Weight Loss: Overweight individuals with metabolic syndrome may benefit from daily turmeric consumption. A recent research study found an increased weight loss and enhanced percentage reduction of body fat after consuming curcumin daily for 30 days in addition to diet and lifestyle changes versus simply just diet and lifestyle changes alone. If weight loss is a part of your health goals, then the addition of turmeric to a whole foods diet can be helpful. 

Detoxification: The liver has two phases of detoxification. The first phase metabolizes xenobiotics (chemicals, toxins, hormones, pesticides, alcohol/drugs, bacterial end products, etc) into intermediates, which often are even more toxic than they were prior to phase 1. This step creates a lot of free radicals and therefore good antioxidant status is important. Then during phase 2, these intermediates are converted to water soluble compounds for excretion via the urine or via the bile for elimination with the stool. Curcumin increases phase 2 activity and can be very supportive when someone is struggling with a large xenobiotic load.

How to get MORE Turmeric into Your Life

Generally, I recommend using the fresh root if it is available to you. However, organic ground turmeric powder can be used as well. Use 1 teaspoon ground turmeric in place of the 2-3 inches of fresh turmeric root. Turmeric is found in curry blends, but you can also use turmeric to add color to any dish. Add a teaspoon of turmeric to your pot of rice or quinoa during cooking for a bright yellow color and added health benefits. Toss cauliflower florets with olive oil, ground turmeric, salt and pepper for added flavor and brightly colored yellow florets. Or use the recipes below for more TURMERIC inspiration.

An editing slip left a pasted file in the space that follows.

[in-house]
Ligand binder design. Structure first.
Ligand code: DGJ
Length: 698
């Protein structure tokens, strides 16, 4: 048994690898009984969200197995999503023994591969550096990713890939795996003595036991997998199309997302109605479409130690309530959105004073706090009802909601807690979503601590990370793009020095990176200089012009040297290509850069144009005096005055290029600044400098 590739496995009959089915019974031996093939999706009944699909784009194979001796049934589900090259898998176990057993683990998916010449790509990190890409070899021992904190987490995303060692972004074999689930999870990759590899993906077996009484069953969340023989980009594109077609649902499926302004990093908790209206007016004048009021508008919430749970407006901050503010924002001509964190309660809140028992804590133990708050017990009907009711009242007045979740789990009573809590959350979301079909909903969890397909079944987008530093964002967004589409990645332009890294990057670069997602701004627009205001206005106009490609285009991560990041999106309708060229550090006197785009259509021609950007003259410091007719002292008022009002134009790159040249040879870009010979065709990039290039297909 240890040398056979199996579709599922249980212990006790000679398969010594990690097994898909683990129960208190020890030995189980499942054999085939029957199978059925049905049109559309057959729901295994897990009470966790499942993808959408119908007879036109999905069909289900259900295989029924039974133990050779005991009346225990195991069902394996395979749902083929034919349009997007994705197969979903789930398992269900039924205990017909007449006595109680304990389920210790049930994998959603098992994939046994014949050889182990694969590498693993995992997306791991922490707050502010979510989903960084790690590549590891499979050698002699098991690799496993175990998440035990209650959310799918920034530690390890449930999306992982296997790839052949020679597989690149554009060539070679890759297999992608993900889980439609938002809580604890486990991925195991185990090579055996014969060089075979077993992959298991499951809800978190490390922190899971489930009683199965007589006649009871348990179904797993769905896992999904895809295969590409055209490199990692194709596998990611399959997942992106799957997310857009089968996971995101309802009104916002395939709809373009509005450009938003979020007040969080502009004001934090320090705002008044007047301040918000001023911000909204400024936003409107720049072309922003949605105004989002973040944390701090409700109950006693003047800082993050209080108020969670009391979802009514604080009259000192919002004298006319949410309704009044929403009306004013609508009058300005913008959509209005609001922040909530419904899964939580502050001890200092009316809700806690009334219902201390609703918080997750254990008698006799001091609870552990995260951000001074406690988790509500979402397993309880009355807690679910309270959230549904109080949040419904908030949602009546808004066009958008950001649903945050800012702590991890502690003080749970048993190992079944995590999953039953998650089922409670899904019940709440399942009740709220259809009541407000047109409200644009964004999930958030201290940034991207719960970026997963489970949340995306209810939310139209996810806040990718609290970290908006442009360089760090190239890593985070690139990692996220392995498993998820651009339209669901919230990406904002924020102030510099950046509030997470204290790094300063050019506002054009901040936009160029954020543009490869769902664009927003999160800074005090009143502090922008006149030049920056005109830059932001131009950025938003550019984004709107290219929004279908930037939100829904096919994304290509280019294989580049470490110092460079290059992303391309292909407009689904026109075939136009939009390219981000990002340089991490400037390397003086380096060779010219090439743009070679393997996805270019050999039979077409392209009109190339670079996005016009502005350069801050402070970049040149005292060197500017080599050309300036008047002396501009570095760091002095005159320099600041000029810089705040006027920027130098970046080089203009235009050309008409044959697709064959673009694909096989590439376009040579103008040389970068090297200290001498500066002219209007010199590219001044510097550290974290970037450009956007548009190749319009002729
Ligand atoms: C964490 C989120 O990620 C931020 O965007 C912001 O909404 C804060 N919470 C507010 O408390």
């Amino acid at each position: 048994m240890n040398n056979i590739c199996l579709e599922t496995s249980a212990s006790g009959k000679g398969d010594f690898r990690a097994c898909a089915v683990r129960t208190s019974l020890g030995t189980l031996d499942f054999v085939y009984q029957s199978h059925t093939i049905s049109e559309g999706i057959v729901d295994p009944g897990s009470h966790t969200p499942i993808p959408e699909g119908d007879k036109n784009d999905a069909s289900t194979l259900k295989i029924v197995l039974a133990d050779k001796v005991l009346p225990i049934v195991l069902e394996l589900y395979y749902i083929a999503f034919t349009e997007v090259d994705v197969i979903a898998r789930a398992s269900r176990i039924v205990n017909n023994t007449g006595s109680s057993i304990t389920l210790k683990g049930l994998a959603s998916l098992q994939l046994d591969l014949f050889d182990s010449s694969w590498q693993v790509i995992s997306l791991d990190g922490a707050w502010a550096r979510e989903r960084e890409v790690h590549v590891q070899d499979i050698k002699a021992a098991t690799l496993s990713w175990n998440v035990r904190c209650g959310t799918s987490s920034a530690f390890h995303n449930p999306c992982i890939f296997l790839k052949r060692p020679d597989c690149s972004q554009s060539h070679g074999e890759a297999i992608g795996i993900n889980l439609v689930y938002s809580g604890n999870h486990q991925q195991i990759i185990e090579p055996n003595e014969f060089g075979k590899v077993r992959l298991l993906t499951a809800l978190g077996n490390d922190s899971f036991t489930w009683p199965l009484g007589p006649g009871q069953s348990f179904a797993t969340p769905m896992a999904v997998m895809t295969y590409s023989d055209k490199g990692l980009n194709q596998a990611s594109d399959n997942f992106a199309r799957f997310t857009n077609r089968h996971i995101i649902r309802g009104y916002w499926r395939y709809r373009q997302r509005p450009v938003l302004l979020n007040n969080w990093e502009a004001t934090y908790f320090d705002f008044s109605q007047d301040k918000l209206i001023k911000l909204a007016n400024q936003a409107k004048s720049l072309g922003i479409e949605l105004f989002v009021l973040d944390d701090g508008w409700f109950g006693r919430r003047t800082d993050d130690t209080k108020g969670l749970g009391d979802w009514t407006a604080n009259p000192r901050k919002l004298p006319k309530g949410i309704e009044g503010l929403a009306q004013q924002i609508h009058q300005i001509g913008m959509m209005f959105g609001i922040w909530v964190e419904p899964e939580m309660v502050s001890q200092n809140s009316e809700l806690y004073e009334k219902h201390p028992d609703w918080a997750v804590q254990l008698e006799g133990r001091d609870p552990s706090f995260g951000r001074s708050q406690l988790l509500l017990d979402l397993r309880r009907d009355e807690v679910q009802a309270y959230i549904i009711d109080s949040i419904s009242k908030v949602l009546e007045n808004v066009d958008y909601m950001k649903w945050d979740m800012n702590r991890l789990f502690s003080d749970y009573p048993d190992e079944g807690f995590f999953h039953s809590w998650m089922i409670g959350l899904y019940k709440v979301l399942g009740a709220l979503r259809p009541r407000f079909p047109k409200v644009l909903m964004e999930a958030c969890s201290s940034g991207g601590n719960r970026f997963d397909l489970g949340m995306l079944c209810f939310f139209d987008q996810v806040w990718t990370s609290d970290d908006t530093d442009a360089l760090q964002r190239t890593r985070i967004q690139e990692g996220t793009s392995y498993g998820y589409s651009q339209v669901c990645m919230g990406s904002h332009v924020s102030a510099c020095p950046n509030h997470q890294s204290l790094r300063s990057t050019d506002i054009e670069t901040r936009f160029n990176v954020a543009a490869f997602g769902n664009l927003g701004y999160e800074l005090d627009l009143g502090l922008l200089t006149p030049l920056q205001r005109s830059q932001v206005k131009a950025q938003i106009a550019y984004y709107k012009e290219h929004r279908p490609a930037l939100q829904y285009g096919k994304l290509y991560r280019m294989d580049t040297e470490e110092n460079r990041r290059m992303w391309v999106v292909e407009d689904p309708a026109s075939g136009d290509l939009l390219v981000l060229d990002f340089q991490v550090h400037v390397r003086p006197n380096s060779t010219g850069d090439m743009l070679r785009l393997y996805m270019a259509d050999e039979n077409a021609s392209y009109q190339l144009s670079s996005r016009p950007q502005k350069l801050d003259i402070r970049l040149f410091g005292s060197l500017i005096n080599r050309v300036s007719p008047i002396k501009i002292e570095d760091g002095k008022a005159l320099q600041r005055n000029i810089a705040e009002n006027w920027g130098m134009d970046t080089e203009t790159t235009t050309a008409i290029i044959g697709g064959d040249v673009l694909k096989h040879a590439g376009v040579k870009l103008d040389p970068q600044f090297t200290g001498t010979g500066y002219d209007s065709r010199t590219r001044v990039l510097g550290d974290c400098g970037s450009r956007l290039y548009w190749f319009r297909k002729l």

turmeric, ginger, anti-inflammatory, health, gluten-free, vegan, miso

Turmeric Miso Dressing
Makes ~ 1 cup 

This tasty dressing is made with a combination of three very potent anti-inflammatory, anti-bacterial, and heart healthy ingredients turmeric, ginger, and garlic. Use this dressing for salads or simply drizzle over steamed rice, roasted veggies, or anything your heart desires.

1 thumbs length fresh turmeric root (~2-3 inches)
Juice of 1 medium navel orange (~1/2 cup)
1 clove garlic, grated
1 teaspoon grated ginger root
1 ½ tablespoons white mellow miso
2 teaspoon apple cider vinegar
1 tablespoon maple syrup
¼ teaspoon sea salt (I used Eden’s)
Pinch cayenne
Fresh ground pepper

Using a spoon, gently scrape as much skin off the turmeric root as possible. Coarsely chop and place into a high-speed blender. Add the juice of 1 medium orange. Using a microplaner, grate the garlic clove into the blender. Using the same microplaner, grate 1 teaspoon of fresh ginger root (use the same spoon technique with the ginger root to scrape off the skin prior to grating) and add to the blender. Add the rest of the ingredients and blend until smooth. Adjust salt and pepper to taste if desired. Store in a glass jar.

turmeric, lemon, anti-inflammatory, health, gluten-free, vegan, orange

Zesty Turmeric Citrus Tonic
Makes 2 servings

This tonic is potent and powerful. If you feel a cold coming on, or simply need a detox boost after the holidays, this is a great way to do it. It is an easy way to get a large amount of fresh turmeric in just a few minutes. Best is to drink this fresh to get as much vitamin C as possible, as the vitamin C from the oranges quickly degrades after processing. Therefore, I recommend sharing the other half with your significant other.

1 thumbs length fresh turmeric root (~2-3 inches)
Juice of 2 medium navel oranges (~ 1 cup)
Juice of 1 lemon
1 teaspoon MCT oil
Pinch fresh ground black pepper
Filtered water


Place all the ingredients into a high-speed blender. If needed add a little filtered water to make 1 cup total volume. Blend until smooth. Divide into two glasses and enjoy immediately.

Popular Posts